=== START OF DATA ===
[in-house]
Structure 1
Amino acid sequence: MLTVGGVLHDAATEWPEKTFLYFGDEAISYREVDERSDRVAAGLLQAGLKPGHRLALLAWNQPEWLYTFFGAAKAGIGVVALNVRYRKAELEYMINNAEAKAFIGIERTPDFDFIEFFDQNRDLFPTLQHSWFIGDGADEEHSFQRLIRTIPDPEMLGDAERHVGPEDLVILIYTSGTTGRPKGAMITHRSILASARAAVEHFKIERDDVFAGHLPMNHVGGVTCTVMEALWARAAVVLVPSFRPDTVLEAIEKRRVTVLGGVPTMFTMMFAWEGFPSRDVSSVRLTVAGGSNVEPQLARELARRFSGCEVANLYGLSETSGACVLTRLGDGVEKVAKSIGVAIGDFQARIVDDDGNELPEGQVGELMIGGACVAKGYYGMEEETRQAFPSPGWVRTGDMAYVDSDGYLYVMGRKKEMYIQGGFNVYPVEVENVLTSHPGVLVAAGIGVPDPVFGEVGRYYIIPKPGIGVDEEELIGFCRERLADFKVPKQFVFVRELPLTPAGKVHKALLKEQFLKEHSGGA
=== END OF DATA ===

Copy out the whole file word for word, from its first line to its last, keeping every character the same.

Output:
[in-house]
Structure 1
Amino acid sequence: MLTVGGVLHDAATEWPEKTFLYFGDEAISYREVDERSDRVAAGLLQAGLKPGHRLALLAWNQPEWLYTFFGAAKAGIGVVALNVRYRKAELEYMINNAEAKAFIGIERTPDFDFIEFFDQNRDLFPTLQHSWFIGDGADEEHSFQRLIRTIPDPEMLGDAERHVGPEDLVILIYTSGTTGRPKGAMITHRSILASARAAVEHFKIERDDVFAGHLPMNHVGGVTCTVMEALWARAAVVLVPSFRPDTVLEAIEKRRVTVLGGVPTMFTMMFAWEGFPSRDVSSVRLTVAGGSNVEPQLARELARRFSGCEVANLYGLSETSGACVLTRLGDGVEKVAKSIGVAIGDFQARIVDDDGNELPEGQVGELMIGGACVAKGYYGMEEETRQAFPSPGWVRTGDMAYVDSDGYLYVMGRKKEMYIQGGFNVYPVEVENVLTSHPGVLVAAGIGVPDPVFGEVGRYYIIPKPGIGVDEEELIGFCRERLADFKVPKQFVFVRELPLTPAGKVHKALLKEQFLKEHSGGA